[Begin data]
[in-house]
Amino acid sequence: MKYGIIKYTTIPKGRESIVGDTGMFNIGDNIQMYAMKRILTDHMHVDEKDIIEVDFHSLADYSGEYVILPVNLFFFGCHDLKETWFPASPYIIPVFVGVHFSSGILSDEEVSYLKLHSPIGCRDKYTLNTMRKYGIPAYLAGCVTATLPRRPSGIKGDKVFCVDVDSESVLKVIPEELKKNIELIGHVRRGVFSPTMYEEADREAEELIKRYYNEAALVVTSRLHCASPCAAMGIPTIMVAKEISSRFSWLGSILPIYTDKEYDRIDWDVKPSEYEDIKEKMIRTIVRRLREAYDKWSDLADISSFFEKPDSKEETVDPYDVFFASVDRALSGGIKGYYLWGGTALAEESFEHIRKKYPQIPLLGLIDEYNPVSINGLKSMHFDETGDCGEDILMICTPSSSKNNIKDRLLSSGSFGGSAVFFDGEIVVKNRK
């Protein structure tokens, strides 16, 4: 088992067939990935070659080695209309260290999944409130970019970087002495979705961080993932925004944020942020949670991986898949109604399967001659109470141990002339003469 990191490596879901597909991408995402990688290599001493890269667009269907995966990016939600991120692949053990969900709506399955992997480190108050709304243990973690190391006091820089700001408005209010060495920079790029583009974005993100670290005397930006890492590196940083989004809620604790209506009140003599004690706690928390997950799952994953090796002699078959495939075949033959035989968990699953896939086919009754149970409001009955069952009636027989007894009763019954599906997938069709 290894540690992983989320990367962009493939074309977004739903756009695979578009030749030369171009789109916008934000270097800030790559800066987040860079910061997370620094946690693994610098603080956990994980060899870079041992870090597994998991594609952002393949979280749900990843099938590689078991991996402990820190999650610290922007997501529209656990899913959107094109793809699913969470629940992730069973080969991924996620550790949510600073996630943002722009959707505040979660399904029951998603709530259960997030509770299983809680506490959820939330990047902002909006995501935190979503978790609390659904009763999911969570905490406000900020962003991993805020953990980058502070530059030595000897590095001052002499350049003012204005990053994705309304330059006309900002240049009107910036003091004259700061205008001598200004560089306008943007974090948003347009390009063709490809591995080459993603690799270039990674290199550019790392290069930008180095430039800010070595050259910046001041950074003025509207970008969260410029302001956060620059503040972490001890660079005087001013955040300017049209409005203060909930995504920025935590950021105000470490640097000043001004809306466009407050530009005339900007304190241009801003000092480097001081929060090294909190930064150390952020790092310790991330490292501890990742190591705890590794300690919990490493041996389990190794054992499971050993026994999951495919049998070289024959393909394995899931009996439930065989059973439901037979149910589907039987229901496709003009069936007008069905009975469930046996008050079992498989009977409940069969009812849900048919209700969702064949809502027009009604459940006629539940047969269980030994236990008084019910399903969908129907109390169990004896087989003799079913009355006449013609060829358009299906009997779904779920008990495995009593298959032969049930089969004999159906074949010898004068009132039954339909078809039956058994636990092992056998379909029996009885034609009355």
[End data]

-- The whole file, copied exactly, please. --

[in-house]
Amino acid sequence: MKYGIIKYTTIPKGRESIVGDTGMFNIGDNIQMYAMKRILTDHMHVDEKDIIEVDFHSLADYSGEYVILPVNLFFFGCHDLKETWFPASPYIIPVFVGVHFSSGILSDEEVSYLKLHSPIGCRDKYTLNTMRKYGIPAYLAGCVTATLPRRPSGIKGDKVFCVDVDSESVLKVIPEELKKNIELIGHVRRGVFSPTMYEEADREAEELIKRYYNEAALVVTSRLHCASPCAAMGIPTIMVAKEISSRFSWLGSILPIYTDKEYDRIDWDVKPSEYEDIKEKMIRTIVRRLREAYDKWSDLADISSFFEKPDSKEETVDPYDVFFASVDRALSGGIKGYYLWGGTALAEESFEHIRKKYPQIPLLGLIDEYNPVSINGLKSMHFDETGDCGEDILMICTPSSSKNNIKDRLLSSGSFGGSAVFFDGEIVVKNRK
């Protein structure tokens, strides 16, 4: 088992067939990935070659080695209309260290999944409130970019970087002495979705961080993932925004944020942020949670991986898949109604399967001659109470141990002339003469 990191490596879901597909991408995402990688290599001493890269667009269907995966990016939600991120692949053990969900709506399955992997480190108050709304243990973690190391006091820089700001408005209010060495920079790029583009974005993100670290005397930006890492590196940083989004809620604790209506009140003599004690706690928390997950799952994953090796002699078959495939075949033959035989968990699953896939086919009754149970409001009955069952009636027989007894009763019954599906997938069709 290894540690992983989320990367962009493939074309977004739903756009695979578009030749030369171009789109916008934000270097800030790559800066987040860079910061997370620094946690693994610098603080956990994980060899870079041992870090597994998991594609952002393949979280749900990843099938590689078991991996402990820190999650610290922007997501529209656990899913959107094109793809699913969470629940992730069973080969991924996620550790949510600073996630943002722009959707505040979660399904029951998603709530259960997030509770299983809680506490959820939330990047902002909006995501935190979503978790609390659904009763999911969570905490406000900020962003991993805020953990980058502070530059030595000897590095001052002499350049003012204005990053994705309304330059006309900002240049009107910036003091004259700061205008001598200004560089306008943007974090948003347009390009063709490809591995080459993603690799270039990674290199550019790392290069930008180095430039800010070595050259910046001041950074003025509207970008969260410029302001956060620059503040972490001890660079005087001013955040300017049209409005203060909930995504920025935590950021105000470490640097000043001004809306466009407050530009005339900007304190241009801003000092480097001081929060090294909190930064150390952020790092310790991330490292501890990742190591705890590794300690919990490493041996389990190794054992499971050993026994999951495919049998070289024959393909394995899931009996439930065989059973439901037979149910589907039987229901496709003009069936007008069905009975469930046996008050079992498989009977409940069969009812849900048919209700969702064949809502027009009604459940006629539940047969269980030994236990008084019910399903969908129907109390169990004896087989003799079913009355006449013609060829358009299906009997779904779920008990495995009593298959032969049930089969004999159906074949010898004068009132039954339909078809039956058994636990092992056998379909029996009885034609009355």